MK - Yes. It's much more difficult for bands who start new. It was one of the things that I used to hate that people always used to remember me from the past. They always compared my records to the Helloween days, even though my records didn't have anything to do with it and there was no intention to. But in the times we're in now I realise that it is a total bonus that you have a fan base. It's like when I'm involved with any kind of project or like with Unisonic there's immediately press there interested in what I'm doing which is something a new band doesn't have. It's quite difficult to build a career now and for labels it's hard for them to make money. So it's like they don't invest easily in unknown bands not knowing what's gonna happen. It's much easier to give names that are known on the scene some money for a record than younger ones. So it's turned out to be some kind of a life saver.

 

DW - Another problem is the notch is set pretty low these days and there's nobody there to control it because anybody can make a record and bring it out themselves if they want. Therefore there's a whole bunch of crap out there. That being said there's a whole lot of good stuff that gets lost because it gets lost between all the crap. There should be like a military control over crap music or something like that and not allow it (laughs). Sometimes I'm getting stuff put in my hand, and no disrespect to anybody, but I'm really amazed some people can actually give me this stuff without shame because it's so crap. Every so often I'll hear something that's really got something like the singer is really special or there's something great to it and you go cool, thanks a lot. Every now and then you get some good stuff but I'd say it's like one in a thousand.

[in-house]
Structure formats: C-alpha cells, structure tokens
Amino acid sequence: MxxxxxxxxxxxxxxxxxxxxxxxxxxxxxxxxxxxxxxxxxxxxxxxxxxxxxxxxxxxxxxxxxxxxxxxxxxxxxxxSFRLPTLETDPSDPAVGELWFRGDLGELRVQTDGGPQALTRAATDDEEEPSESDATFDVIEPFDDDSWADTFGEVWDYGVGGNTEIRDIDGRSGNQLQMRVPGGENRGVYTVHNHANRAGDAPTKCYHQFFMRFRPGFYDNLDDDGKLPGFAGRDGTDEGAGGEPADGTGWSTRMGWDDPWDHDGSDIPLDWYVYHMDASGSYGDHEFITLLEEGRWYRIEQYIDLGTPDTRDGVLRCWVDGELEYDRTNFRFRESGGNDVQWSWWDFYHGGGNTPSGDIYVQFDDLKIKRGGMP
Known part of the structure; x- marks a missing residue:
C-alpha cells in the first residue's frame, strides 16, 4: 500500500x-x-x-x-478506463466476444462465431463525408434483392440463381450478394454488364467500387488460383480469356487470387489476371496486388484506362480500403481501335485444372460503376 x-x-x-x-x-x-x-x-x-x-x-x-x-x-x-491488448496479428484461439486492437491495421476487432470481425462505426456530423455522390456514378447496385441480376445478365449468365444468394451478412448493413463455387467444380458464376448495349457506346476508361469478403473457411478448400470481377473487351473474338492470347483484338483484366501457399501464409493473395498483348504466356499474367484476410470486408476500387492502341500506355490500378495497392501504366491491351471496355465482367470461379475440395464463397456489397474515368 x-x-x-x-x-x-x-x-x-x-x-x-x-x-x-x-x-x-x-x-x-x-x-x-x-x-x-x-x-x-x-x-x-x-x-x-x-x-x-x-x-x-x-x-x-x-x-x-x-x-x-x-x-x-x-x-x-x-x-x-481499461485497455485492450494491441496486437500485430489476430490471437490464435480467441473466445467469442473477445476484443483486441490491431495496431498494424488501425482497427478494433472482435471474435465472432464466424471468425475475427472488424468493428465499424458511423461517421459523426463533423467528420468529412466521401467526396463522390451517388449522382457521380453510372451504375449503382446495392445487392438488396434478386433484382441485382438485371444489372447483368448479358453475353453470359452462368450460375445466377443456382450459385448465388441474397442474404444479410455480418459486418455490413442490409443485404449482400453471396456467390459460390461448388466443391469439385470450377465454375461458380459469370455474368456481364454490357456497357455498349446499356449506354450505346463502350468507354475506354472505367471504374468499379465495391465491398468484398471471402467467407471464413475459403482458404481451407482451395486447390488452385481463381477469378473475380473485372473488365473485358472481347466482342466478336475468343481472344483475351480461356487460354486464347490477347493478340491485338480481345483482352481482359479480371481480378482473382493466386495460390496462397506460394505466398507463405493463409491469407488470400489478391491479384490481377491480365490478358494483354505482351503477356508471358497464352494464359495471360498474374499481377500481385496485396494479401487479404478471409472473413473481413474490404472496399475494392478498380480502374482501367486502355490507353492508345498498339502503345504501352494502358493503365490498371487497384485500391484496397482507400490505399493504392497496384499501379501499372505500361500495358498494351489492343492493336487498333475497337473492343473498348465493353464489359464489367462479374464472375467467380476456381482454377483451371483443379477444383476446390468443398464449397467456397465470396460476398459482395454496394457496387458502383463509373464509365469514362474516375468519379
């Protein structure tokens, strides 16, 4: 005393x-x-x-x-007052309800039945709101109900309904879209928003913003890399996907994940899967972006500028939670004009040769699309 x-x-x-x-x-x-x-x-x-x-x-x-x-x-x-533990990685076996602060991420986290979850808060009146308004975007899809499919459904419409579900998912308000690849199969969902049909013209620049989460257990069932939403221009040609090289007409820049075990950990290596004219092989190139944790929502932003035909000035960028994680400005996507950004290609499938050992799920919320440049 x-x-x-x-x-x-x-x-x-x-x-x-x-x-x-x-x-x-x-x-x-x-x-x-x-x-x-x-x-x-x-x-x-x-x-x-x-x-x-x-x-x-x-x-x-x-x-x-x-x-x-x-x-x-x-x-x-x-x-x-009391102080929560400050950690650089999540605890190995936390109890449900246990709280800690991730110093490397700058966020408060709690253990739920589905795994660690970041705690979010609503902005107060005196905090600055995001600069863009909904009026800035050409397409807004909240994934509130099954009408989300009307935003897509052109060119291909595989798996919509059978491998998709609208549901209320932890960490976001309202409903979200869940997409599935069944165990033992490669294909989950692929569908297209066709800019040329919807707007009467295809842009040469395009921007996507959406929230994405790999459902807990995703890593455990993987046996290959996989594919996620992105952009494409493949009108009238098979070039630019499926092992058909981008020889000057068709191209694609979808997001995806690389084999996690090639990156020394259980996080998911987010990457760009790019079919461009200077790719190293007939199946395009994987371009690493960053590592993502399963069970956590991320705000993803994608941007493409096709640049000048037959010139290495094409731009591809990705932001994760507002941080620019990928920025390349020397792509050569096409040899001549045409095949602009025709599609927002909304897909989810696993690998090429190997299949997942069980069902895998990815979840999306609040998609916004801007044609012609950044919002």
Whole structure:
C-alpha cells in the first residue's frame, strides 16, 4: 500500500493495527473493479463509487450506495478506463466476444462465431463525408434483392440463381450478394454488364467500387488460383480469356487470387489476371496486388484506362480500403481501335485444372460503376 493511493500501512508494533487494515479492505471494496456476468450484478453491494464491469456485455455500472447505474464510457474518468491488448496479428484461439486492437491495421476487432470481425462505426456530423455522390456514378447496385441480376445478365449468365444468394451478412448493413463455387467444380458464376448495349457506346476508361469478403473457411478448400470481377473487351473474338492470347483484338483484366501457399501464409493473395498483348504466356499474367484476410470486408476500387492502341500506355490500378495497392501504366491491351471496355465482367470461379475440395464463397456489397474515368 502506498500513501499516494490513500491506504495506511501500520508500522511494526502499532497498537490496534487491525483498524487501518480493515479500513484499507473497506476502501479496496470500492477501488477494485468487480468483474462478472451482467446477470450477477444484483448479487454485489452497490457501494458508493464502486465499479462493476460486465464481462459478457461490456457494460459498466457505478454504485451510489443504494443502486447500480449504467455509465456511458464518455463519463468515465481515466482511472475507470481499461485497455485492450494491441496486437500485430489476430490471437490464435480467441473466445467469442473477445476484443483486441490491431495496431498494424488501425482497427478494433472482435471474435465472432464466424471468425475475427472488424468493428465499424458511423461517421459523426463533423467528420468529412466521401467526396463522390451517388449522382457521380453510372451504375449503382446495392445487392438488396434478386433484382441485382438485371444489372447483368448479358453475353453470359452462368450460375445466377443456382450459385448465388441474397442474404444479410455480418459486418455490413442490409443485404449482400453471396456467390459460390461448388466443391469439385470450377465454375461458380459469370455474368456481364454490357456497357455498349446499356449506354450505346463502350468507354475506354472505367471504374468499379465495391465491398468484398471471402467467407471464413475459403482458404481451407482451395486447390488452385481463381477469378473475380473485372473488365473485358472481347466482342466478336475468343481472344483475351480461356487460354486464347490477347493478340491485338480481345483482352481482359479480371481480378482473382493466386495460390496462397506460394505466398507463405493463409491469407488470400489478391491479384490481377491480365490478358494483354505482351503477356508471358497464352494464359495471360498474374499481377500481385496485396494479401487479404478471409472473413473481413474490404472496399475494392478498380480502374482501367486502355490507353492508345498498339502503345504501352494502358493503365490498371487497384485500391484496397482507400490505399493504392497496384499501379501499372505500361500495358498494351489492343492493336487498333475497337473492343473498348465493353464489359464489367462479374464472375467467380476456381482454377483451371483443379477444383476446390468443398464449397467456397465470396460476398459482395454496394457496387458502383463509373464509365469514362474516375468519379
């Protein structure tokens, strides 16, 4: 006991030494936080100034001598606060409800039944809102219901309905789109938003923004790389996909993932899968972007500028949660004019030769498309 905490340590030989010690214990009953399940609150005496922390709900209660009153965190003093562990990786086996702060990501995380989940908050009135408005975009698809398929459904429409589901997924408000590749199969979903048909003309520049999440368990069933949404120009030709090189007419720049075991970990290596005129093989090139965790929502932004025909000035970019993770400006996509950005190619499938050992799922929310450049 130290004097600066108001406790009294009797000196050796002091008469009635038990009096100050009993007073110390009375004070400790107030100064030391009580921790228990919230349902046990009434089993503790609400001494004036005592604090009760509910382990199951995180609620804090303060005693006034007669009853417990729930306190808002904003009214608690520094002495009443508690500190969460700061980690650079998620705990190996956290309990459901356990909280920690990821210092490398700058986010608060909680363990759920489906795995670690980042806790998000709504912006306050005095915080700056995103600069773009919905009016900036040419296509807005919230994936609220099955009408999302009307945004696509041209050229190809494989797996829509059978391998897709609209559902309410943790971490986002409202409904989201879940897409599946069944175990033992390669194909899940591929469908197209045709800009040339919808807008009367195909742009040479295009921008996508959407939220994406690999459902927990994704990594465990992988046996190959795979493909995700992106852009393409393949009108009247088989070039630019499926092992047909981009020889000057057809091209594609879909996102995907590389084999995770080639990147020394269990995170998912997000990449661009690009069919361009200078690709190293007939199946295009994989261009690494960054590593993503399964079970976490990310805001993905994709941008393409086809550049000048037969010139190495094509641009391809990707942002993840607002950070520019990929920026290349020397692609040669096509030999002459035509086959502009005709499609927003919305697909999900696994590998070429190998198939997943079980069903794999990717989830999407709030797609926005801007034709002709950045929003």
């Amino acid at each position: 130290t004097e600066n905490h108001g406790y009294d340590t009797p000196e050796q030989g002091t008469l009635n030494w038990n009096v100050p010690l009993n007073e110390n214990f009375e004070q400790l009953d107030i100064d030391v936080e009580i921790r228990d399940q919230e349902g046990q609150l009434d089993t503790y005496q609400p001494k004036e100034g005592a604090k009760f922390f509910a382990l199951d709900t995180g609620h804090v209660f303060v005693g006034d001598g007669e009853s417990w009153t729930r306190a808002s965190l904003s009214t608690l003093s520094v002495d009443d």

One last quick question. If you could pass on one piece of advice to a young band starting out what would it be?

 

MK - To me the main thing would be to make sure you have your own identity. Record companies like to form you, they treat rock bands nowadays like casting artists. Everything is designed for a "market". Rock music used to be the opposite of all that. It used to be a music that is honest where you do what you really believe and you try something that means something to you and you create your own market with it. I think if you want to have a chance with all these bands around then you have to be different. You have to have your own identity.

 

DW - I get that asked a lot actually and I agree with what he says but to get to that point I think the solution is to write songs! Too many bands are too busy looking for cool clothes and how does my logo look... It's all great, it's important, it really is but write some frickin' songs! How long have you been together? Four years. How many songs have you got? Oh we almost got an album. Well that's pretty pathetic. All the bands that I know, all these old bands, they used to have shit loads of songs. How are you gonna develop as a band if you can't write songs and then criticise them and make them better? It's a process, write songs and improve the quality.